It’s not really a bug, and whether it’s “super” depends on your point of view. Yet superbugs have been in and out of the news fairly consistently over the last half-dozen years or so. Have you read an article about someone dying of an untreatable bacterial infection after traveling to India or an article about how we’ll soon be living in a post-antibiotic world? If yes, you’ve been reading about superbugs.
So what makes a bacterium a superbug? The definition is a bit squishy, but Mayo Clinic says it’s any bacterium resistant to the majority of commonly used current antibiotics. So, for instance vancomycin-resistant Staph aureus is a superbug, because vancomycin is the preferred drug for treating Staph infections resistant to methicillin, but MRSA (or methicillin-resistant Staph aureus) is also often considered a superbug.
Where did superbugs come from? This is still debated. Overprescription of antibiotics (such as for viral infections), patients not finishing their courses of antibiotics, and overuse of antibiotics in agriculture have all been blamed, yet there is some evidence that superbugs have always existed. For instance, superbugs have been found deep inside caves or permafrost, where they would have had little exposure to antibiotics. However, regardless of where they came from, overuse and misuse has almost certainly increased their prevalence. See, development of antibiotic resistance works as is shown below–
–that is, as antibiotics are used, they kill off everything which isn’t resistant.There’s also some evidence that bacteria which aren’t fully resistant can develop resistant if they are exposed to sublethal doses of antibiotic (1). So overuse and misuse of antibiotics certainly increase the percentage of superbugs in circulation.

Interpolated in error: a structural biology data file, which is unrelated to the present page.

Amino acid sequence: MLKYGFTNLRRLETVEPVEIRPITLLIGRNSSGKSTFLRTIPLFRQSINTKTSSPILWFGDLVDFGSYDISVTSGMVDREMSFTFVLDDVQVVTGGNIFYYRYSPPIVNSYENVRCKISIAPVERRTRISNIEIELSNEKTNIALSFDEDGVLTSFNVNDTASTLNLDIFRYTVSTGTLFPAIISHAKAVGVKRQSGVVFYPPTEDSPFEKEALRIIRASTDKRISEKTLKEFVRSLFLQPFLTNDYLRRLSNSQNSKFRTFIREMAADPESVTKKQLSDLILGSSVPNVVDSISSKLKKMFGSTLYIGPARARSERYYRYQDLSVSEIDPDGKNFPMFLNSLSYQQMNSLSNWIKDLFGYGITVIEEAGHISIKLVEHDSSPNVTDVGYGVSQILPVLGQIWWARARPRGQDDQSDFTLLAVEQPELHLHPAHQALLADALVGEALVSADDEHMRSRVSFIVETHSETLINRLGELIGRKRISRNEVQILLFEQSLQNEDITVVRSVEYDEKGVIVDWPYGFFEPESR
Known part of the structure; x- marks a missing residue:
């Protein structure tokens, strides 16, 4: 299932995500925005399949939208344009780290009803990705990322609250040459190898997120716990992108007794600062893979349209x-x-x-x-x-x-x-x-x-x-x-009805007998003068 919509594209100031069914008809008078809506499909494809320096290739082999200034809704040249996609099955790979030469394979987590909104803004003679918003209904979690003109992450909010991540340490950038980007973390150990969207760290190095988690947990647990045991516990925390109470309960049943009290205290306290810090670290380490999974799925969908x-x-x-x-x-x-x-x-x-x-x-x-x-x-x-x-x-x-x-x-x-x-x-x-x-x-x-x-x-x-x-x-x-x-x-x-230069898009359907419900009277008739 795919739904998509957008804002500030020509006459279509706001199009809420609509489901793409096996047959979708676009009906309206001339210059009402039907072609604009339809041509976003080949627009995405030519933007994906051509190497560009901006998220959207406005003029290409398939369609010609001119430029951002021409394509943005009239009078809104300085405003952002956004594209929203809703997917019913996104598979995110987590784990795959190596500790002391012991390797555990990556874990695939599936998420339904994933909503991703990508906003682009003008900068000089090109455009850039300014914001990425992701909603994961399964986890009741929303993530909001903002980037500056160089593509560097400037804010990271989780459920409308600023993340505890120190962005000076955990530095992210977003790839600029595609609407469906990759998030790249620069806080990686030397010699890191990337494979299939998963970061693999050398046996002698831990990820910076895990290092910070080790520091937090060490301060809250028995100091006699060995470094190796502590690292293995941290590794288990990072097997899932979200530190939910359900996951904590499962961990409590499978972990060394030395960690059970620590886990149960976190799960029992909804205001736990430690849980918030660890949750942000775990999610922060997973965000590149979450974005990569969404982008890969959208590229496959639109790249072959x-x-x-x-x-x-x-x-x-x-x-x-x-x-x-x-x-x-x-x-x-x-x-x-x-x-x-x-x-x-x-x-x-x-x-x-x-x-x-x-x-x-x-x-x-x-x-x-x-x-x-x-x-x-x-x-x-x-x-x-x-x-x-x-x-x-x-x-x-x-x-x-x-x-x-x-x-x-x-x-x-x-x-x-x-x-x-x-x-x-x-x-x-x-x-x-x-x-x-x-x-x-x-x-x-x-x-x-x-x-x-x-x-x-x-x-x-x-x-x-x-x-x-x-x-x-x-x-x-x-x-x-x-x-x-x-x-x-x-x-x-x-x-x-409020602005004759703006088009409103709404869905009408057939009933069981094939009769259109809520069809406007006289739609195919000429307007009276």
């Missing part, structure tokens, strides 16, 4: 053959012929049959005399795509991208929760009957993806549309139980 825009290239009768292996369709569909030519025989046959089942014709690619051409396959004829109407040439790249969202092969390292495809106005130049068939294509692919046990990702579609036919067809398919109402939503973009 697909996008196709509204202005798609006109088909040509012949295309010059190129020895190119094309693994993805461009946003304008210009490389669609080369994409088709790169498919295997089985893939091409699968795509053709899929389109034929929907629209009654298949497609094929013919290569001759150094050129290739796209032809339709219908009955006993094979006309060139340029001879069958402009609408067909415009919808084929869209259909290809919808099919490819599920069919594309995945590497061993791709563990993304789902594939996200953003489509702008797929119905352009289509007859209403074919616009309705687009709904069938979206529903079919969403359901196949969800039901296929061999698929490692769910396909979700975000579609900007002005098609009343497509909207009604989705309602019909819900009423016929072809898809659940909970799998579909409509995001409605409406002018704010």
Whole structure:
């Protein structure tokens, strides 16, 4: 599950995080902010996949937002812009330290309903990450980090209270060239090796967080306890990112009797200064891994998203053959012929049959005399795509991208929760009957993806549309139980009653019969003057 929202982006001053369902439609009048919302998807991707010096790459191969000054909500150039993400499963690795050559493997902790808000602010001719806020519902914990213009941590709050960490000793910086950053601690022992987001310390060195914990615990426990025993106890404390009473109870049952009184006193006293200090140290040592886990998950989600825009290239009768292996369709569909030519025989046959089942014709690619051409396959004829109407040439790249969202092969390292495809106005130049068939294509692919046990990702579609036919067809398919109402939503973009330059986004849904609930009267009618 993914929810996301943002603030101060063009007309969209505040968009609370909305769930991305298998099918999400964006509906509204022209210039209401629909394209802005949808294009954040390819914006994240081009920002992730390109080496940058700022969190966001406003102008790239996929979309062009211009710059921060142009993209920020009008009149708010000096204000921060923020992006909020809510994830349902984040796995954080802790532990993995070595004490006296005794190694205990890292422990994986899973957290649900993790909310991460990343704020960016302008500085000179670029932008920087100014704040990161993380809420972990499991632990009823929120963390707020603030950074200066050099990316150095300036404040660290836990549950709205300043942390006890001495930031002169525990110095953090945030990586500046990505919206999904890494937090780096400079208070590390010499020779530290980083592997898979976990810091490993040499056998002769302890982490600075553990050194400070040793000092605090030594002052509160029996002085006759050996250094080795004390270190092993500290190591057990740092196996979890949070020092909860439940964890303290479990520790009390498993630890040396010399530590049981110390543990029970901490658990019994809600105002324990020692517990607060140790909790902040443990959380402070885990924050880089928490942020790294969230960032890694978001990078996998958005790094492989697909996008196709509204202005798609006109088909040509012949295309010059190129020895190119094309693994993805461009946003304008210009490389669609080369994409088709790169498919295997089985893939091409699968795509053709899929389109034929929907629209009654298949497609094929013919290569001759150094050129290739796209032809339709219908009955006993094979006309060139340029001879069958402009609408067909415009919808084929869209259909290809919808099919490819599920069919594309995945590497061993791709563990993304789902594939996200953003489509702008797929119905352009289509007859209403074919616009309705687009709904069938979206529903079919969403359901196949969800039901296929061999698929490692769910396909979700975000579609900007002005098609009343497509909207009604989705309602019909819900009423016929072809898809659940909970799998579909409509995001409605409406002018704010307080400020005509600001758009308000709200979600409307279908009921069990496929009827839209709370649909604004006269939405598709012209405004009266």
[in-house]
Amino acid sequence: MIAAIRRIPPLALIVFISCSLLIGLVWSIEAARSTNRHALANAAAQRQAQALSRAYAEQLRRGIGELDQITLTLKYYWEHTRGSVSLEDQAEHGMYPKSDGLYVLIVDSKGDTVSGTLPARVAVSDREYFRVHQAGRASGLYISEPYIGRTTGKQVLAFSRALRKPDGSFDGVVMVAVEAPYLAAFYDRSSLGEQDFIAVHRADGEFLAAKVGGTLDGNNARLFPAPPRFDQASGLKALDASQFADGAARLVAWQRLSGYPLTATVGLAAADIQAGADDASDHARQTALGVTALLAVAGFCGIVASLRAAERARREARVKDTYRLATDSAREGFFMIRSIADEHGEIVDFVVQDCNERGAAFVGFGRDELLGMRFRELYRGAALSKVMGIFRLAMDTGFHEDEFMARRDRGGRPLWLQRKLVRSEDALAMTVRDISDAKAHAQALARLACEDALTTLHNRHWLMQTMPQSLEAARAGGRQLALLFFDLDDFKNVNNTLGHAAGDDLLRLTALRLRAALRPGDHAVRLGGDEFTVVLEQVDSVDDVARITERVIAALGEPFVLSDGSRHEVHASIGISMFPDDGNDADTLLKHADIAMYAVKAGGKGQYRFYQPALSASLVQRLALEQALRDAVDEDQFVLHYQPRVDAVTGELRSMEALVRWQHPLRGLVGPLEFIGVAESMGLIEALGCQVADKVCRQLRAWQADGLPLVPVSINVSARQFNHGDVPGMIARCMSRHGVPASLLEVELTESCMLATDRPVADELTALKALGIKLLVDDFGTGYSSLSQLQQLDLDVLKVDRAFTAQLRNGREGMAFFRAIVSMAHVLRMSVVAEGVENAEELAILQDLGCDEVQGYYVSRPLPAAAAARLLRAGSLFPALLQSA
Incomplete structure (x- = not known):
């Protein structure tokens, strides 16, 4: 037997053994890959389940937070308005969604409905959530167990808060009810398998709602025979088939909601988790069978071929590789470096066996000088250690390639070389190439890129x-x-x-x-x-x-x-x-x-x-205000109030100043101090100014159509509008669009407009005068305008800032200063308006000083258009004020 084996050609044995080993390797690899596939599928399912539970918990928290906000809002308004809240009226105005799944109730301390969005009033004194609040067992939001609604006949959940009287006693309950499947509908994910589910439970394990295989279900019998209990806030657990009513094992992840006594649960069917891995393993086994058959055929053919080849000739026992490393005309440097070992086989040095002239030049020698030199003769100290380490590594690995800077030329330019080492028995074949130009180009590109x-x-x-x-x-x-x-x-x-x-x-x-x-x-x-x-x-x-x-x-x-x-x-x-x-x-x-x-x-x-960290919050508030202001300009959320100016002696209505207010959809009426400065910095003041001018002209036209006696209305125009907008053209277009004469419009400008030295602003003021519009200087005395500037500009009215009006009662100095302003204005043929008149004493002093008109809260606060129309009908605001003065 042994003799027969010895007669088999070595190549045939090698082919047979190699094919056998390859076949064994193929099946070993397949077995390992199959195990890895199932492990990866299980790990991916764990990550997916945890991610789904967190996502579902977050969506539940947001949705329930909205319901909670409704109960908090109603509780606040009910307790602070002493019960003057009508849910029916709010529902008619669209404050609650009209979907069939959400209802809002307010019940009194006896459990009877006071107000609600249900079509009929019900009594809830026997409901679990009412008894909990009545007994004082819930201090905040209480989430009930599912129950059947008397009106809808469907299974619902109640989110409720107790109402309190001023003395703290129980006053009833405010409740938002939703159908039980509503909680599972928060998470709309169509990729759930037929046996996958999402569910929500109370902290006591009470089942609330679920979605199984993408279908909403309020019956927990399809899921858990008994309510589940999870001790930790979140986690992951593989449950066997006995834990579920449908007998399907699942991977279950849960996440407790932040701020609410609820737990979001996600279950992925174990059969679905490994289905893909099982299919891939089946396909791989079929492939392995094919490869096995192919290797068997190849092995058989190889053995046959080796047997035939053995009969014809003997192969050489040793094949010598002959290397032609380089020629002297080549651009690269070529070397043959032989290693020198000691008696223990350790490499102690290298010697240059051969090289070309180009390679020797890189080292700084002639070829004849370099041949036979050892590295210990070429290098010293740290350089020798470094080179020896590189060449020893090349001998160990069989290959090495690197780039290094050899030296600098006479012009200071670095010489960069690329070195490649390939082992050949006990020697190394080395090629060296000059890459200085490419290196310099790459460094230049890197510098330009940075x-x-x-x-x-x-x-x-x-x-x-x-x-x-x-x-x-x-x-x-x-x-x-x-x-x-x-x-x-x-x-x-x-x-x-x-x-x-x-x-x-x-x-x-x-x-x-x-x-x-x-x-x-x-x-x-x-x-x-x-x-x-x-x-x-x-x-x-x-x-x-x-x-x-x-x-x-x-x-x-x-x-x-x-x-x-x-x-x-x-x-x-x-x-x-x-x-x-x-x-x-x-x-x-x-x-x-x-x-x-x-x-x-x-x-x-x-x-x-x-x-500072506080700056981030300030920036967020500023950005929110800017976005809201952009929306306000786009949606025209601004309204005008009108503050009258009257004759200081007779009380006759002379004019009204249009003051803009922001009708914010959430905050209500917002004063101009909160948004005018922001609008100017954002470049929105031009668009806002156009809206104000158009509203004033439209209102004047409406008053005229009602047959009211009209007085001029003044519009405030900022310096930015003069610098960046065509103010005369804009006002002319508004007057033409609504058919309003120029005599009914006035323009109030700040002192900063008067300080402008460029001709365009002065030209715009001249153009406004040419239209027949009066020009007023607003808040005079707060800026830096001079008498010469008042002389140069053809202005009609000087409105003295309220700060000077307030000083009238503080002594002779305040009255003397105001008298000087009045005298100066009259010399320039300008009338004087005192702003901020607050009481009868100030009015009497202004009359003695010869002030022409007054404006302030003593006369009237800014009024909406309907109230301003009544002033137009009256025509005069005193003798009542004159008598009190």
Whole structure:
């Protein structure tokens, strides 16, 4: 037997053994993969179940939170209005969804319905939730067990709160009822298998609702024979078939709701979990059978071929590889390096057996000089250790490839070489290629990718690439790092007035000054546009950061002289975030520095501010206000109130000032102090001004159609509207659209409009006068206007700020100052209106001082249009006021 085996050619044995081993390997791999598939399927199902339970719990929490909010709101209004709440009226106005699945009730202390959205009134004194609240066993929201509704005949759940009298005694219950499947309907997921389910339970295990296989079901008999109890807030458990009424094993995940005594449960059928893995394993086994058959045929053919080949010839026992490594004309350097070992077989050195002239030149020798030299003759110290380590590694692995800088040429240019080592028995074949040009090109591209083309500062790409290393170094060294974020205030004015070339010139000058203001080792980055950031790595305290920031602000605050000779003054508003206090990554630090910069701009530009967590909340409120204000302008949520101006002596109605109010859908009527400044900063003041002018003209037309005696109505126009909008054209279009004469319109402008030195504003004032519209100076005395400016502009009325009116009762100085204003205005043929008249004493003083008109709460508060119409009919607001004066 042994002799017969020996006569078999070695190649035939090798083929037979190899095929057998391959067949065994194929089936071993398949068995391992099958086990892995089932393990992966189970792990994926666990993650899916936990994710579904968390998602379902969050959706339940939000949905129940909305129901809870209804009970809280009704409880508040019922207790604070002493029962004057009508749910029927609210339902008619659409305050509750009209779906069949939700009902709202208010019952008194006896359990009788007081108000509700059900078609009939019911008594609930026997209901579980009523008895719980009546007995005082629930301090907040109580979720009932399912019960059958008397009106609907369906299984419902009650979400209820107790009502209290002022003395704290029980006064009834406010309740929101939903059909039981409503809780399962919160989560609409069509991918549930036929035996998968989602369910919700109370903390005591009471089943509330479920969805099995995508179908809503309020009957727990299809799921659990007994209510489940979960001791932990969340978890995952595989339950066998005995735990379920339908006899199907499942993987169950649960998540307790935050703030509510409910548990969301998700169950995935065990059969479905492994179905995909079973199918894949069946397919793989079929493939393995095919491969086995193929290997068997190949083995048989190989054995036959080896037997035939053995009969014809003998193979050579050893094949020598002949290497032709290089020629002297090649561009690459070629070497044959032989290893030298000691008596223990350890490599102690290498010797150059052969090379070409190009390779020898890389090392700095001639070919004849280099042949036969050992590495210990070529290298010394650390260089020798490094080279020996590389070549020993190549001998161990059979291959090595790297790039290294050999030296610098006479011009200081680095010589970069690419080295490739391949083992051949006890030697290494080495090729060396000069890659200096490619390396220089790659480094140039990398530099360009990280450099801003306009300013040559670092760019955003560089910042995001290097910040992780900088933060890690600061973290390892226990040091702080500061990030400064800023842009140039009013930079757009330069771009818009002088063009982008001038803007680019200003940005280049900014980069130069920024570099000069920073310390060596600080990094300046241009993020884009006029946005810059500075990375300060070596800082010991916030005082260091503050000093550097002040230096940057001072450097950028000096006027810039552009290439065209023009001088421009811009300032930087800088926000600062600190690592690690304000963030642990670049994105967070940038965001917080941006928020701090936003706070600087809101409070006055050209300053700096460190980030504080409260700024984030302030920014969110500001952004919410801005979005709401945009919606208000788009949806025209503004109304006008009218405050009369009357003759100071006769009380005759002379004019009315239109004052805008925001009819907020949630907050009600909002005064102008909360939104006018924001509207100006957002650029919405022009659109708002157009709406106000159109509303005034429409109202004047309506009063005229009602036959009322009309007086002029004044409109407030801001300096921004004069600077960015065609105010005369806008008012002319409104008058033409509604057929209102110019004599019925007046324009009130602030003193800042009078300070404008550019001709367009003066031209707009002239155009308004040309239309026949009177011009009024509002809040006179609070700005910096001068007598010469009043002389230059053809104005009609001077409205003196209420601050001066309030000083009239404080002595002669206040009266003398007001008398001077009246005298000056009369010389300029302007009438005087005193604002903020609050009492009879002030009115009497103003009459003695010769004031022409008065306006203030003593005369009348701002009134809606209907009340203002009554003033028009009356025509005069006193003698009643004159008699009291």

What can we do about them? Well, this is where it gets tricky. For a drug to get approved by the FDA usually takes about 20 years, from first discovery to going on the market. Meanwhile, there have only been a couple of new antibiotics discovered in the last few decades. Other options, such as treating superbugs with virus specific to bacteria, are still in testing.
On the bright side, there is not much evidence that these superbugs are more stress tolerant or virulent than antibiotic-susceptible bacteria. So we can still cook them to death or kill them with disinfectants.
On the not-so-bright side, superbugs are especially prevalent in the developing world, where antibiotics are under-regulated and overprescribed, healthcare systems are weak, and the efficacy and quality of antibiotics varies wildly. Consequently, it is important that we continue to invest in international initiatives (such as with WHO) to improve healthcare and antibiotic usage.
**If there is interest in this, I will write another post on ways bacteria survive antibiotics.
Straightforward discussion: https://cosmosmagazine.com/biology/what-is-a-superbug
(1) Levin-Reisman, I., I. Ronin, et al. (2017). “Antibiotic tolerance facilitates the evolution of resistance.” Science 355(6327): 826-830.